Mr. Tsai and two of his companies were placed under U.S. sanctions in January 2009, with the U.S. Department of the Treasury saying at the time that he had, since the 1990s, supplied goods with weapons production capabilities to the premier North Korean arms dealer. Treasury targeted Trans Multi Mechanics with sanctions in 2013.

“These sanctions are meant to raise the cost for WMD proliferators to do business and deter others from proliferating by denying them access to our financial and commercial systems,” said John P. Carlin, assistant attorney general, in a statement.

Here is coverage in the Chicago Tribune.

UPDATE 2 (2014-12-17): Gary Tsai has pleaded guilty. According to the Chicago Tribune:

A Glenview man accused of teaming up with his Taiwanese dad to evade a U.S. ban on selling weapon-making equipment to North Korea pleaded guilty Dec. 16 to a lesser charge of lying on export documents.

Gary Tsai, 37, was accused of exporting machinery with his dad, Alex Tsai, that could be used to make weapons of mass destruction.

On Dec. 16, he agreed to a plea deal with prosecutors under which he admitted lying on shipping documents about who would receive an industrial grinder he was selling. In return, any sentence he receives at a sentencing hearing in March will be capped at five years in prison.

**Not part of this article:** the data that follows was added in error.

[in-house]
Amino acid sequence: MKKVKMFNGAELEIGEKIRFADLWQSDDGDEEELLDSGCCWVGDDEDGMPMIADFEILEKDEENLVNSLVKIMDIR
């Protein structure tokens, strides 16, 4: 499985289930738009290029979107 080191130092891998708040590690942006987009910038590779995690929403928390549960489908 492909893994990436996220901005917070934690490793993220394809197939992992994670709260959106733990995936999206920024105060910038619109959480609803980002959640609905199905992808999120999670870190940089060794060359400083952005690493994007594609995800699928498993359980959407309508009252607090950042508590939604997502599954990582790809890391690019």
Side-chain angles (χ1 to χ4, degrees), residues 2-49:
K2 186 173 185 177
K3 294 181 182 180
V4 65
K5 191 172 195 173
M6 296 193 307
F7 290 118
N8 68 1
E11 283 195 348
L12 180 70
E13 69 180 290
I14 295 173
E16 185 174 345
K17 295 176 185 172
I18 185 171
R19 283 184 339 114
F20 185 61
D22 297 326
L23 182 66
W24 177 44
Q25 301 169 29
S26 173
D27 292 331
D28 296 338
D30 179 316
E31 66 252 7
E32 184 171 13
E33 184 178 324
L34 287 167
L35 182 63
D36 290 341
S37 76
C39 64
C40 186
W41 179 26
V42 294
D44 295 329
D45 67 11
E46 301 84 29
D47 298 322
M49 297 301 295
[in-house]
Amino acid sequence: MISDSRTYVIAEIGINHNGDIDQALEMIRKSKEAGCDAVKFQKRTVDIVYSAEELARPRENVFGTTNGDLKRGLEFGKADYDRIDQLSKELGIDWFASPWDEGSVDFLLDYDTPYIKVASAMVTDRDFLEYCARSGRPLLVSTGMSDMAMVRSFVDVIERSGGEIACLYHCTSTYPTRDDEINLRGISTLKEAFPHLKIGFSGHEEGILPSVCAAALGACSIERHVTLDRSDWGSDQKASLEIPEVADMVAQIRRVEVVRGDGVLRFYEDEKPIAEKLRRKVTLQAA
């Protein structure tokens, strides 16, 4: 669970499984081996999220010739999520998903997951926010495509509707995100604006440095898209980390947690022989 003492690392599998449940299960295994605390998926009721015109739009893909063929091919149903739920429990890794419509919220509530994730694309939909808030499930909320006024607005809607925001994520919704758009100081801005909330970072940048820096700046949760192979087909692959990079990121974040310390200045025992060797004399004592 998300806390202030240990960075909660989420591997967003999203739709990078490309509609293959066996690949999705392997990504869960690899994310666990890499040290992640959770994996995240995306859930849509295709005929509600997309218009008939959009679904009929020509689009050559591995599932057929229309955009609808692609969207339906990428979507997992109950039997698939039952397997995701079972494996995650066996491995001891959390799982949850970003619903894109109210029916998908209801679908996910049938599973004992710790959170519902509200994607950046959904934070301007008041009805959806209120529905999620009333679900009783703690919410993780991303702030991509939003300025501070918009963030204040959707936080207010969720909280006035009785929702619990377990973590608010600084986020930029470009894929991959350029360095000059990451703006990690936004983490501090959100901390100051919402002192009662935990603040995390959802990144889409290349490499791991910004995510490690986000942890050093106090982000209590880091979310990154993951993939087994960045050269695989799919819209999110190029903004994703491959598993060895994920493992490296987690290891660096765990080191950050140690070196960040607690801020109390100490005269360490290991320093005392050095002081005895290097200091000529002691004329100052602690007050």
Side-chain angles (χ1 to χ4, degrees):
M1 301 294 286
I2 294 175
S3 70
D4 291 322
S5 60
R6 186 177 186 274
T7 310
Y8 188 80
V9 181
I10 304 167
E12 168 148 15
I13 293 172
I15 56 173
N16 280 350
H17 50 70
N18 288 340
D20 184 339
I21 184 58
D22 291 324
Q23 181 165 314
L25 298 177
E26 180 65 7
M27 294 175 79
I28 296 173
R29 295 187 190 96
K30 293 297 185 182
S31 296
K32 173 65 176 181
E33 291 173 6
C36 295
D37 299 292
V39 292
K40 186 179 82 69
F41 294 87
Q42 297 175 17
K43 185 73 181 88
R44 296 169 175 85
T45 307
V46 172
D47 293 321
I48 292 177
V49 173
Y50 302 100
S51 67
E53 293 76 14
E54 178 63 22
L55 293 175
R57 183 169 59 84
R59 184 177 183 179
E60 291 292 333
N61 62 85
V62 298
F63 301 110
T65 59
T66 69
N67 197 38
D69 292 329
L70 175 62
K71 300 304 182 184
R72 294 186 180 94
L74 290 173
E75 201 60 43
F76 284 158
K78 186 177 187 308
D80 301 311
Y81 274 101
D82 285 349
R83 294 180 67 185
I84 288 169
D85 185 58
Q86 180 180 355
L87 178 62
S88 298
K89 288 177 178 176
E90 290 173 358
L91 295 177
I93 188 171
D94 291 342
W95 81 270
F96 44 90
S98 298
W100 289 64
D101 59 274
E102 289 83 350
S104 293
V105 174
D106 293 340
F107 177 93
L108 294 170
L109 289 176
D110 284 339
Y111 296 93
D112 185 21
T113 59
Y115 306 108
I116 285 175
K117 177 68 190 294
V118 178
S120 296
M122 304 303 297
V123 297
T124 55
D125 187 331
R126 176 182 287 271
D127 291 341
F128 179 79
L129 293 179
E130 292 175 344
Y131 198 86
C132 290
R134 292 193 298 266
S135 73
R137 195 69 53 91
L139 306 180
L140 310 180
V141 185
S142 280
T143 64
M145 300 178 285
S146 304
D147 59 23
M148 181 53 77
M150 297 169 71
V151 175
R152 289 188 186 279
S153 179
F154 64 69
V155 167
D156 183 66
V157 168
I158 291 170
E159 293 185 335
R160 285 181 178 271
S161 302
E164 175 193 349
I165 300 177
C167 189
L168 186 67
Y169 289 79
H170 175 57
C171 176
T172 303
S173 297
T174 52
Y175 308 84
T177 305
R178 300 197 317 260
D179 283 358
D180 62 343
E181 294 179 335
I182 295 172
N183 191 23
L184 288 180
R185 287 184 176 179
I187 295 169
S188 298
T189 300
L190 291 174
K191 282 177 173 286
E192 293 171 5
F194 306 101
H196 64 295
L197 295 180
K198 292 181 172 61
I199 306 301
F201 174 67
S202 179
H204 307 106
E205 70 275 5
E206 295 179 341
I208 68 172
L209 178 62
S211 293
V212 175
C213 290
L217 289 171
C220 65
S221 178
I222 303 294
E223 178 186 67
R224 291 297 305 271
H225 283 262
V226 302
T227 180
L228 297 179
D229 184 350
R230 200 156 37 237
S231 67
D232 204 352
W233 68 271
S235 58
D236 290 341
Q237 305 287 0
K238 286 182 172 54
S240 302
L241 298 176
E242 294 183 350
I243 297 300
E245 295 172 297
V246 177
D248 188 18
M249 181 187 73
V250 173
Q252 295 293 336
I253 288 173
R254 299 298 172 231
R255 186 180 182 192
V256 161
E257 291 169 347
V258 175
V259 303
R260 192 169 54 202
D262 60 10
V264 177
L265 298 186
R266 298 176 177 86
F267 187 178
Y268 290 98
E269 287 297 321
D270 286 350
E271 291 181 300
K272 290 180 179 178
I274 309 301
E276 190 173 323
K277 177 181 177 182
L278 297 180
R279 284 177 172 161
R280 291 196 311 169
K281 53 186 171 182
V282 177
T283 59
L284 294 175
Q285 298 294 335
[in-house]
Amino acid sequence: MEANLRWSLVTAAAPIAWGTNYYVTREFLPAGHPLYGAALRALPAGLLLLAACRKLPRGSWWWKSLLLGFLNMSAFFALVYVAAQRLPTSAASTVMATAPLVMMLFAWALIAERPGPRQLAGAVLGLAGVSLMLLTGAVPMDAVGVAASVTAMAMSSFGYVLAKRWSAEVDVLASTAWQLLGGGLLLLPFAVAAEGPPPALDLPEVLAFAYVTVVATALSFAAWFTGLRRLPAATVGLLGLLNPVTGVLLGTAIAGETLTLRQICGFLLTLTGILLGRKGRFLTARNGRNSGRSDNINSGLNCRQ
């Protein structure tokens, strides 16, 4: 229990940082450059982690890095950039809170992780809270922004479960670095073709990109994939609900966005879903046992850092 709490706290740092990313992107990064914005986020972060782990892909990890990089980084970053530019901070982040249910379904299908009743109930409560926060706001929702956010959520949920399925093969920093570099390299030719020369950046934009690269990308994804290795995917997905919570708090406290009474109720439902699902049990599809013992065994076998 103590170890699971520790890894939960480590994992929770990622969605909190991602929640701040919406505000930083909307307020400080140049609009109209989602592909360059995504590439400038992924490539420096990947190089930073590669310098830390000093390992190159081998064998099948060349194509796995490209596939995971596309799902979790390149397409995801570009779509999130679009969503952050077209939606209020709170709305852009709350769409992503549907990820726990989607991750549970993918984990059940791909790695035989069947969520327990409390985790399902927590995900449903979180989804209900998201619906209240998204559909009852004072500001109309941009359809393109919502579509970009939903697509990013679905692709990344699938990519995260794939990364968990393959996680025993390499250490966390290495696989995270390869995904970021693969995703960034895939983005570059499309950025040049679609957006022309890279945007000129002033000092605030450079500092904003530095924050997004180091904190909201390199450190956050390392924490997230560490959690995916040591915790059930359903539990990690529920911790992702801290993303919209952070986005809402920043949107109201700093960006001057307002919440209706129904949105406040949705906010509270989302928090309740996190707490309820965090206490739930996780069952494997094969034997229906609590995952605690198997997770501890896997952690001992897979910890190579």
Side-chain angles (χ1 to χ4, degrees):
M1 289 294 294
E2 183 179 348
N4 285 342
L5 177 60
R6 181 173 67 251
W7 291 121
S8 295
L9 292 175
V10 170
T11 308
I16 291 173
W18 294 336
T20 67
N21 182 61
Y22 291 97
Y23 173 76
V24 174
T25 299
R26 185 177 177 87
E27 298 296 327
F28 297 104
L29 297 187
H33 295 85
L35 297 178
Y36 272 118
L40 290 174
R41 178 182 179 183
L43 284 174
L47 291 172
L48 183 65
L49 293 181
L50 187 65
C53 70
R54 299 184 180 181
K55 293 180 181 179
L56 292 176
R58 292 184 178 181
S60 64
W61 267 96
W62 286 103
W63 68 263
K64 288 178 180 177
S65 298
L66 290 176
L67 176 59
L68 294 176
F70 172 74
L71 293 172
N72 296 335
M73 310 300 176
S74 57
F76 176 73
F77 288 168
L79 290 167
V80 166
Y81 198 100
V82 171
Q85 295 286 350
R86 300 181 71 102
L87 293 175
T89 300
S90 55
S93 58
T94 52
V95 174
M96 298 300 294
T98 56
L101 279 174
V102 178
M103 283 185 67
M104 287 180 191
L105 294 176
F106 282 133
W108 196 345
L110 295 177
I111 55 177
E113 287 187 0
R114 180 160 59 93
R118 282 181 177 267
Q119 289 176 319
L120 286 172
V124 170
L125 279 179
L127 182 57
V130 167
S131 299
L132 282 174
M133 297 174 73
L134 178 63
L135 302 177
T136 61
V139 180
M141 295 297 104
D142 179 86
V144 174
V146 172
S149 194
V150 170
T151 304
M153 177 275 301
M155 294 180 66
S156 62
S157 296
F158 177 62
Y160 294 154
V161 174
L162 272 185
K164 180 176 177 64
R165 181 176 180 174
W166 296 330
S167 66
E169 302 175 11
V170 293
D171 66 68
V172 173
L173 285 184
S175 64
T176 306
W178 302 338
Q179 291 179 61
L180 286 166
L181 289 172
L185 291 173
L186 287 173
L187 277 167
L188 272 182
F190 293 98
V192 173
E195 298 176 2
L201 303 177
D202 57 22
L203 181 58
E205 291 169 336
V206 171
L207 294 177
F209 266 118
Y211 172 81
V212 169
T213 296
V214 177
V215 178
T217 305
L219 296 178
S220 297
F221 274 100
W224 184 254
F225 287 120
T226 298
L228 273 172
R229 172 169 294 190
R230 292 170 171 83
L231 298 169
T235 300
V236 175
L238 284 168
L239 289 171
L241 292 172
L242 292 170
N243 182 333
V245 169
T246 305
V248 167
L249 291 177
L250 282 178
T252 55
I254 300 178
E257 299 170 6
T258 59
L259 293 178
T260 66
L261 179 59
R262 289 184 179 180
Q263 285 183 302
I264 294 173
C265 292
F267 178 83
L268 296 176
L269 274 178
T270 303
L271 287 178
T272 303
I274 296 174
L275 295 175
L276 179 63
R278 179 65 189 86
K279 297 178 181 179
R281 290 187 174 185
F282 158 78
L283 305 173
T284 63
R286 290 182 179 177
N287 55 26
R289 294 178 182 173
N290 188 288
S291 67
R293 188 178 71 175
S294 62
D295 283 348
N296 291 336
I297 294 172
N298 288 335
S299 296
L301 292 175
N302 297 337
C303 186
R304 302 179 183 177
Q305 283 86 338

His frail father pleaded guilty in October and had agreed to testify against him if he insisted on going to trial. Alex Tsai also faces a maximum of five years.

The FBI and the Department of Homeland Security say the Tsais were part of a web of people who export metal-fabrication machinery — using companies with different names — that could be used to create WMDs.

Alex Tsai was previously indicted in 2008 by Taiwanese prosecutors for forging invoices and shipping restricted materials to North Korea, according to federal records.

In 2009, the Treasury Department identified him as a proliferator of weapons of mass destruction and prohibited anyone from doing business with him or his two Taiwanese companies.

UPDATE 1 (2014-10-9): Hsien Tai Tsai to plead guilty. According to Fox News:

Taiwanese man accused of trying to bypass bans on supplying weapons machinery to North Korea is expected to change his plea to guilty.

A court document says Hsien Tai Tsai (SEHN’ SUHN’ SEYE’) will attend a change-of-plea hearing Thursday in federal court in Chicago.

The 68-year-old man has been charged with conspiring to thwart laws on the proliferation of weapons of mass destruction. It’s unclear what counts Tsai will plead guilty to.

He was arrested while visiting Estonia. The Baltic Sea-coast nation worked with the U.S. to capture him, then jailed him for five months. Estonia extradited Tsai a year ago.

Tsai’s son was arrested in the Chicago area last year on similar charges.

Defense attorney Steven Shobat didn’t immediately respond to a message left Wednesday seeking comment.

ORIGINAL POST (2013-5-6): Here is a summary provided by ISIS.

Here is a statement taken from the FBI web page:

Taiwanese Father and Son Arrested for Allegedly Violating U.S. Laws to Prevent Proliferation of Weapons of Mass Destruction

U.S. Attorney’s Office, Northern District of Illinois
May 06, 2013
(312) 353-5300